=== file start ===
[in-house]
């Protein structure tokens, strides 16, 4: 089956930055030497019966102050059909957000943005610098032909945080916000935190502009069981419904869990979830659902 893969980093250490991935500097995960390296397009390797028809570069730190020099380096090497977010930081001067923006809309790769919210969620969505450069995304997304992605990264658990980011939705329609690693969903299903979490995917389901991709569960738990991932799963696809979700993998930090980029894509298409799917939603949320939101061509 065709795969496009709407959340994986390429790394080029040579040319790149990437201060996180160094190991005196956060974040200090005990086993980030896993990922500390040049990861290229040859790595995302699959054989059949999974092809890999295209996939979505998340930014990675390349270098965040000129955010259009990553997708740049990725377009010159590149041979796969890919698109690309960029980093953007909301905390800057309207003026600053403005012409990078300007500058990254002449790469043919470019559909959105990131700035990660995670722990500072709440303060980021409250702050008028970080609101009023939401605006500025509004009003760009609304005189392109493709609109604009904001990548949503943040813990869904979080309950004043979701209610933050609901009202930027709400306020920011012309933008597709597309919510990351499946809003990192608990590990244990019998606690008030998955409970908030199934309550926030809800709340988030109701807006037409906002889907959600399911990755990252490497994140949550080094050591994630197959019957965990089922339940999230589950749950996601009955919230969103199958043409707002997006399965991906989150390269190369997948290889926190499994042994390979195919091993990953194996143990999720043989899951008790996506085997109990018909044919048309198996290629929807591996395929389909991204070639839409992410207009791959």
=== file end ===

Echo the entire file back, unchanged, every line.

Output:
[in-house]
């Protein structure tokens, strides 16, 4: 089956930055030497019966102050059909957000943005610098032909945080916000935190502009069981419904869990979830659902 893969980093250490991935500097995960390296397009390797028809570069730190020099380096090497977010930081001067923006809309790769919210969620969505450069995304997304992605990264658990980011939705329609690693969903299903979490995917389901991709569960738990991932799963696809979700993998930090980029894509298409799917939603949320939101061509 065709795969496009709407959340994986390429790394080029040579040319790149990437201060996180160094190991005196956060974040200090005990086993980030896993990922500390040049990861290229040859790595995302699959054989059949999974092809890999295209996939979505998340930014990675390349270098965040000129955010259009990553997708740049990725377009010159590149041979796969890919698109690309960029980093953007909301905390800057309207003026600053403005012409990078300007500058990254002449790469043919470019559909959105990131700035990660995670722990500072709440303060980021409250702050008028970080609101009023939401605006500025509004009003760009609304005189392109493709609109604009904001990548949503943040813990869904979080309950004043979701209610933050609901009202930027709400306020920011012309933008597709597309919510990351499946809003990192608990590990244990019998606690008030998955409970908030199934309550926030809800709340988030109701807006037409906002889907959600399911990755990252490497994140949550080094050591994630197959019957965990089922339940999230589950749950996601009955919230969103199958043409707002997006399965991906989150390269190369997948290889926190499994042994390979195919091993990953194996143990999720043989899951008790996506085997109990018909044919048309198996290629929807591996395929389909991204070639839409992410207009791959």